Progress made in eradication of Truckee River invasive plant
November 27, 2017
Tahoe Resource Conservation District is three years into a long-term aquatic invasive species eradication project on the Truckee River — and the progress is encouraging.
TRCD is working to eliminate Eurasian watermilfoil from a 3-mile stretch of the Truckee River, starting above the Tahoe City dam and continuing down to Alpine Meadows Road.
“The results are kind of mind-blowing,” said Nicole Cartwright, TRCD executive director. “We were seeing densities where there could have been 50 percent coverage with aquatic invasive plants. After one year of treatment, the following year we’re coming back and there are little tiny plants scattered throughout with less than 10 percent coverage. So the treatment has been very effective, it’s just slow at this point.”
Treatment includes a combination of bottom barriers — which cut off oxygen and sunlight to the plants — and diver-assisted suction removal.
Cartwright said that fragments of Eurasian watermilfoil likely traveled from the south end of Lake Tahoe, where it’s predominately concentrated, to the Truckee River after flooding in 2006.
“Over a 10 year period we’ve seen really great establishment and pretty remarkable coverage actually,” said Cartwright. “The root structure in the river is very different than in the lake. Where we have removed patches of Eurasian watermilfoil, it’s almost like they are creating their own microclimates.”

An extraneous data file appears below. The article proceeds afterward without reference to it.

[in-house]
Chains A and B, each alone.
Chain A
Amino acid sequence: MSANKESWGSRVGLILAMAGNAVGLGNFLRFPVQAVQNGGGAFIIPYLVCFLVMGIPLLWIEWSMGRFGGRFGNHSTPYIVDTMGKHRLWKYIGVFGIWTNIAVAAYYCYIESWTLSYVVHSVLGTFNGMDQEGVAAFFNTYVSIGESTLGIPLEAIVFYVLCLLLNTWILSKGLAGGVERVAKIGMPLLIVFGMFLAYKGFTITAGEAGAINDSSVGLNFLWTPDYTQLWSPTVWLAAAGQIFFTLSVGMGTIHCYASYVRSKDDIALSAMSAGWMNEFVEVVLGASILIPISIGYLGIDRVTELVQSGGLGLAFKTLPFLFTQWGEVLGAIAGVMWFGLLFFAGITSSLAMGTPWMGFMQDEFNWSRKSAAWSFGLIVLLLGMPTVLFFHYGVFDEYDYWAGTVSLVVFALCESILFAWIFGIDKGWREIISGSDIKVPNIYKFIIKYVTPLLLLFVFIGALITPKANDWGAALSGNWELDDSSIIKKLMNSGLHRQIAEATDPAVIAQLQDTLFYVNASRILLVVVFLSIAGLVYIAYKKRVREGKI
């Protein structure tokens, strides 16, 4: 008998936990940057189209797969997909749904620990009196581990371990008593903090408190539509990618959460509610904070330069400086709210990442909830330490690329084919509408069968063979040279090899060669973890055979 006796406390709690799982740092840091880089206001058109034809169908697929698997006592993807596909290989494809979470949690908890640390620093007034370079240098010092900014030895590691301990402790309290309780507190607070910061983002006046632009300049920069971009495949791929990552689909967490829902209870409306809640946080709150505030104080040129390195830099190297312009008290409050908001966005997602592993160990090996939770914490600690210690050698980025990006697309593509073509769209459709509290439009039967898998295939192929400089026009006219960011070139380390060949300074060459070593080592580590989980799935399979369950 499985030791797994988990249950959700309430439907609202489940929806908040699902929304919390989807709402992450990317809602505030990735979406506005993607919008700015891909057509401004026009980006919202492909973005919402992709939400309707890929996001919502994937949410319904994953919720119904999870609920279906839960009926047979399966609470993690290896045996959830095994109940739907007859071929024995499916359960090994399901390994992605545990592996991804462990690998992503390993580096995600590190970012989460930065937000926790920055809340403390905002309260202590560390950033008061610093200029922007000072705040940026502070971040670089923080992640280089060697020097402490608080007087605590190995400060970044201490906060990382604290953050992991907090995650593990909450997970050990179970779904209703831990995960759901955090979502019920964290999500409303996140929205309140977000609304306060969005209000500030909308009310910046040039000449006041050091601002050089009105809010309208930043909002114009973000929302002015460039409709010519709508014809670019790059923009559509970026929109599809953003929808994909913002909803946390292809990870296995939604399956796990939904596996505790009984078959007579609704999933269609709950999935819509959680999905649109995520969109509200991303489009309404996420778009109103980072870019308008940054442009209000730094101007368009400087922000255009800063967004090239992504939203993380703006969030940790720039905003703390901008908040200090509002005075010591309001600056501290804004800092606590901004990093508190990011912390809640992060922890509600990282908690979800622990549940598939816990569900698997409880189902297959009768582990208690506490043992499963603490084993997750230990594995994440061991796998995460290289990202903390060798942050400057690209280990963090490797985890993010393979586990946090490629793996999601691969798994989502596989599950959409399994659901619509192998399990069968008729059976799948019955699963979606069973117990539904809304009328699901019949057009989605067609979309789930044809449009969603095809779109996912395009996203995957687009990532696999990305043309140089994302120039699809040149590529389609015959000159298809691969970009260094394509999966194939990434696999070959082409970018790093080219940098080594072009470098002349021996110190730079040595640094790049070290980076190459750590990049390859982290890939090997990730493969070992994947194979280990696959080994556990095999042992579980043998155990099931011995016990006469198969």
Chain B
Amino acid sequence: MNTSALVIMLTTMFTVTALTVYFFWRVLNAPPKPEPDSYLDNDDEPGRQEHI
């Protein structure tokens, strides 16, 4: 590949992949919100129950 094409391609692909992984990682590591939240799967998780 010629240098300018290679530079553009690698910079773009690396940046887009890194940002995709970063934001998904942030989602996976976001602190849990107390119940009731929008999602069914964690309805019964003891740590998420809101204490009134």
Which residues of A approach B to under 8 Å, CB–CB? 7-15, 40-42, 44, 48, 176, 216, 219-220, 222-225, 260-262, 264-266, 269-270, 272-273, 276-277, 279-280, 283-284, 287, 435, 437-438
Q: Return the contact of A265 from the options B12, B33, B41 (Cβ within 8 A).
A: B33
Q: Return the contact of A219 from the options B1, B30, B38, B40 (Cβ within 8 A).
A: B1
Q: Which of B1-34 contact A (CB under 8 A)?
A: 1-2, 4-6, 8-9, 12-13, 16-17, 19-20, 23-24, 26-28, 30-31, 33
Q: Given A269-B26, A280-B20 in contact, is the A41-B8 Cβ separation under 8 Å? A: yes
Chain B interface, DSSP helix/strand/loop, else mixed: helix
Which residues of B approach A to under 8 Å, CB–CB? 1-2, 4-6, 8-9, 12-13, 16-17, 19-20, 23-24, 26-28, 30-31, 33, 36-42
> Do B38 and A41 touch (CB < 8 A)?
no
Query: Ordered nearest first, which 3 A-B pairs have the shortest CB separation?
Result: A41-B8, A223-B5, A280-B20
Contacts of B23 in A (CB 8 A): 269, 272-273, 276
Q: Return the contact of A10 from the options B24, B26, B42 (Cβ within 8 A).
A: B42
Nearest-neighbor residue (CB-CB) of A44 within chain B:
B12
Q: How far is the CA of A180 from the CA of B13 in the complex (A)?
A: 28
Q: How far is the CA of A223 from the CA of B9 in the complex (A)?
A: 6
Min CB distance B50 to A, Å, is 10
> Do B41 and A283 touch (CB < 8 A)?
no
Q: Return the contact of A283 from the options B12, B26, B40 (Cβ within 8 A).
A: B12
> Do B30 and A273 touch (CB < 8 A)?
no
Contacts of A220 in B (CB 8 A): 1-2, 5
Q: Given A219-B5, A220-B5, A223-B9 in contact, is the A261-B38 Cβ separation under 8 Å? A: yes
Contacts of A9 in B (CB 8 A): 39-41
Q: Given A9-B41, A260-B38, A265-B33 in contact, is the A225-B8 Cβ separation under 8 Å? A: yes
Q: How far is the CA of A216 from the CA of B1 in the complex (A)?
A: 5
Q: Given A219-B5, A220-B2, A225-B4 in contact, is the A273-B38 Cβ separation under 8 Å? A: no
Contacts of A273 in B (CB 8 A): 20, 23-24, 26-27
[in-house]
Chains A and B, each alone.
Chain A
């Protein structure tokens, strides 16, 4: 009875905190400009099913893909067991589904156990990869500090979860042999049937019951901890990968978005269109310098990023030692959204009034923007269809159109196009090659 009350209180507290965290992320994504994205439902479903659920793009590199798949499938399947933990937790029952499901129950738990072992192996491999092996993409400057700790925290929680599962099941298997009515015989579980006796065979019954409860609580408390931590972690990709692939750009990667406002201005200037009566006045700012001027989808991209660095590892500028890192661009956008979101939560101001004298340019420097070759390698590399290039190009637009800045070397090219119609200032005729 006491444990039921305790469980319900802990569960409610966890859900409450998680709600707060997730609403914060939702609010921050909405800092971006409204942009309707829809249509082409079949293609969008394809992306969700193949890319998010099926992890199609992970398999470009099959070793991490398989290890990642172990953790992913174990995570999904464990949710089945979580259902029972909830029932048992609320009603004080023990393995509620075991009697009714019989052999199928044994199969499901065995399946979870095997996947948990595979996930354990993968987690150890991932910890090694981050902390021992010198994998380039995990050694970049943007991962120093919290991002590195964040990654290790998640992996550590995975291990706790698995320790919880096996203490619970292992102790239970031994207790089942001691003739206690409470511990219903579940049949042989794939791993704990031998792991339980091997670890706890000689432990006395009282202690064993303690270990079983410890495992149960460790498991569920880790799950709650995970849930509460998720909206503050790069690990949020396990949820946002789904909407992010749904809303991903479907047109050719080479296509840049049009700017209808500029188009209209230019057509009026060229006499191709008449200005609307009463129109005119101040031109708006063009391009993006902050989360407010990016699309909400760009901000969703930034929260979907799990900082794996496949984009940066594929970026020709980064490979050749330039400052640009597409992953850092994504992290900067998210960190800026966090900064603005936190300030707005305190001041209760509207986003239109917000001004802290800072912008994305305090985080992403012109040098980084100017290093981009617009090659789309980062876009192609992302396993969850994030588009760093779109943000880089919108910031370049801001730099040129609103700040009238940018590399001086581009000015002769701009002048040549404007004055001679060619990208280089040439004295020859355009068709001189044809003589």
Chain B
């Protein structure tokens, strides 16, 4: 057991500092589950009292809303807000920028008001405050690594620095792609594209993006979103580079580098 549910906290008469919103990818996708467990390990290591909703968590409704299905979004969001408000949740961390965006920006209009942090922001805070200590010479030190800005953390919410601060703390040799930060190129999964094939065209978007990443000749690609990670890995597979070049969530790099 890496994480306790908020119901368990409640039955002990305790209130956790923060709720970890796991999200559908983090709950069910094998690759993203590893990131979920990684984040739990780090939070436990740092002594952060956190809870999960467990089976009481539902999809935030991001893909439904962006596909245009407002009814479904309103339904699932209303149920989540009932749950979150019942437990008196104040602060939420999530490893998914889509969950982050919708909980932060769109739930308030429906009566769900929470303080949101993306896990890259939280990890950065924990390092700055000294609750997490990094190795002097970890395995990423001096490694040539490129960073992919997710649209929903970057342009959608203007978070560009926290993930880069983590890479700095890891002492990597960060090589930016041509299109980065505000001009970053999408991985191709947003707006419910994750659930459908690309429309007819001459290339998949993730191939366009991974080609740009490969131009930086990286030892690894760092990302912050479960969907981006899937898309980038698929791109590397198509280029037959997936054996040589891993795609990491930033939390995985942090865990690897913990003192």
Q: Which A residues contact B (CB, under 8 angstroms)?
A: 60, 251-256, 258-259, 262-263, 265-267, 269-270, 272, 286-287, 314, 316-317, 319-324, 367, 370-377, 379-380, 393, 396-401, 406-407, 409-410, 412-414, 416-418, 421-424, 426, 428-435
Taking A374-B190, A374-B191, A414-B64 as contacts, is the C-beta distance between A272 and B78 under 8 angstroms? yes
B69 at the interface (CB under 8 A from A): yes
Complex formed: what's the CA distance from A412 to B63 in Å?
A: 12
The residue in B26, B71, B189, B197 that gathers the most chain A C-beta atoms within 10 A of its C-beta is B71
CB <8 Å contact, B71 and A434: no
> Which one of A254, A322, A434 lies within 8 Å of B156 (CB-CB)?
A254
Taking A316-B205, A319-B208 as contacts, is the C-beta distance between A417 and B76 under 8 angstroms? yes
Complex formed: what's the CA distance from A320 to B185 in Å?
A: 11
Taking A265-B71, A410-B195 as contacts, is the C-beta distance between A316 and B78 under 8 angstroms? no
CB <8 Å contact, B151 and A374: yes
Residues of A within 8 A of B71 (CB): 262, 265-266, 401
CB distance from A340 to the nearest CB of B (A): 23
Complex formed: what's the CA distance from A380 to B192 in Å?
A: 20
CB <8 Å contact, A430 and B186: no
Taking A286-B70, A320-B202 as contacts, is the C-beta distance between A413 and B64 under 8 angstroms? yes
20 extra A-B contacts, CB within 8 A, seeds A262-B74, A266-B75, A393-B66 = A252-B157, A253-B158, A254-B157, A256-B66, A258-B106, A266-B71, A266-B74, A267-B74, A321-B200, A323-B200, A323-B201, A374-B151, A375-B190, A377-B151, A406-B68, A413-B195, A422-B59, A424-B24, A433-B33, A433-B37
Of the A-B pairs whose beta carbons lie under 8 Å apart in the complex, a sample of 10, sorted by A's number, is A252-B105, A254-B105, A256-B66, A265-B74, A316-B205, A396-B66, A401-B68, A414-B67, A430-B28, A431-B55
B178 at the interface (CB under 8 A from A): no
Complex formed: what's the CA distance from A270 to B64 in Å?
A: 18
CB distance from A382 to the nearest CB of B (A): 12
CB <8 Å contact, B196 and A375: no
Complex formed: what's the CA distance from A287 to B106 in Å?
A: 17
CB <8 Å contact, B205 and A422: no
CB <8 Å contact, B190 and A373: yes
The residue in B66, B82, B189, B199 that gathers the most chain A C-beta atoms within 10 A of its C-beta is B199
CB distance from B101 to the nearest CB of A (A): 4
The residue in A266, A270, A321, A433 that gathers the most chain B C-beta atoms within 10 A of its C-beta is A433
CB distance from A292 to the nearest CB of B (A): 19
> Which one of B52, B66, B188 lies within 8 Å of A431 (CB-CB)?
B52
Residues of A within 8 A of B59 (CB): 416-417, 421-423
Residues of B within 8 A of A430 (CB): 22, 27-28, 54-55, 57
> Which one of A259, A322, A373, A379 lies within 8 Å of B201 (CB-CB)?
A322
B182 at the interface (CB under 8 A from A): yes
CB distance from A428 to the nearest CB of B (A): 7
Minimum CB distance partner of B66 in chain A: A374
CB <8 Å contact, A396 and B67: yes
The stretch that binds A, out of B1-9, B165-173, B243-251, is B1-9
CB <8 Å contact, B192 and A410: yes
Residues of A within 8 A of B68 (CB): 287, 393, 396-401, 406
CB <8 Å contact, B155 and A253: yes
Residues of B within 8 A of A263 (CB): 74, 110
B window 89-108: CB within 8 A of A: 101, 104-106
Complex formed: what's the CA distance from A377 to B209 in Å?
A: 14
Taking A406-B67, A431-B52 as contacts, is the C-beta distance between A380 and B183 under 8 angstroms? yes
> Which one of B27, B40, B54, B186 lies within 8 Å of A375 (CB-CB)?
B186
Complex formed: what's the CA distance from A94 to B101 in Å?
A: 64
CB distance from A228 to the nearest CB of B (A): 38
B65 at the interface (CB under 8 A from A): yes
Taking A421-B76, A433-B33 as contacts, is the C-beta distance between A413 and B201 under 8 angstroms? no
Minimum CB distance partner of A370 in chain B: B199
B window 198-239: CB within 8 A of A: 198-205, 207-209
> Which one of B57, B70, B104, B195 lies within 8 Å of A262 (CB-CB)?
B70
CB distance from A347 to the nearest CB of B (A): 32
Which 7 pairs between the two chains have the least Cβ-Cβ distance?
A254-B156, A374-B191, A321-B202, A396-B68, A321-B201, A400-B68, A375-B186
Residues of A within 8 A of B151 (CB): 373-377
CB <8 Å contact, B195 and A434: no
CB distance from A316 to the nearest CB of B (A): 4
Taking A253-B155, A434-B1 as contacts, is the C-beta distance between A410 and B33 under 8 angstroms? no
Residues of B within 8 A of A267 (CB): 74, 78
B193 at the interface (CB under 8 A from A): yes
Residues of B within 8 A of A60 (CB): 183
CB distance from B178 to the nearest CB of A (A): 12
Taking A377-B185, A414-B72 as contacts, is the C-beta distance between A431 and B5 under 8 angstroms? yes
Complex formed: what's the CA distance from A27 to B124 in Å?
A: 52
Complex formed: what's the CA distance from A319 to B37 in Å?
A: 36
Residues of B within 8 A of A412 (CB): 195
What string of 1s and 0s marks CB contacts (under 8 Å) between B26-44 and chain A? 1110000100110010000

Recommended Stories For You
The usually rocky riverbed is covered in silt held in place by the root systems. Upon removal, the silt is washed away and the riverbed is restored to its original condition, which provides a habitat for native fish and mussels.
But the project could take another 10 years to complete.
“If we were able to get designated funding to get divers and hand crews out there seven days a week for three months, that would look a lot different, but we just don’t have that kind of funding, so we’re biting off little chunks at a time. It’s a tiny window when recreation has been completed — all the river rafting has stopped or is slowing down — to when the snow flies,” explained Cartwright.
“In that timeframe we’re still dealing with low-water levels or high flows. It’s a dynamic system and that makes planning for the project very difficult.”
Current funding for the project comes from a variety of agencies, including California State Parks, Tahoe Fund, Tahoe City Rotary, Truckee River Fund and the Department of Water Resources.
Meanwhile TRCD is preparing to release preliminary results from its invasive species pilot project at the Lakeside Marina and Beach this summer. A private firm hired by TRCD made progress in eradicating Eurasian watermilfoil using targeted ultraviolet-C light administered from a boat fitted with a drop-down panel of lights. The research showed that UVC light damaged the DNA and cellular structure of the plants, causing them to die.
“We have one year of post-monitoring to do, so this next summer season we will do biological and water quality post-monitoring,” said Cartwright. “The final conclusion will come out next December.”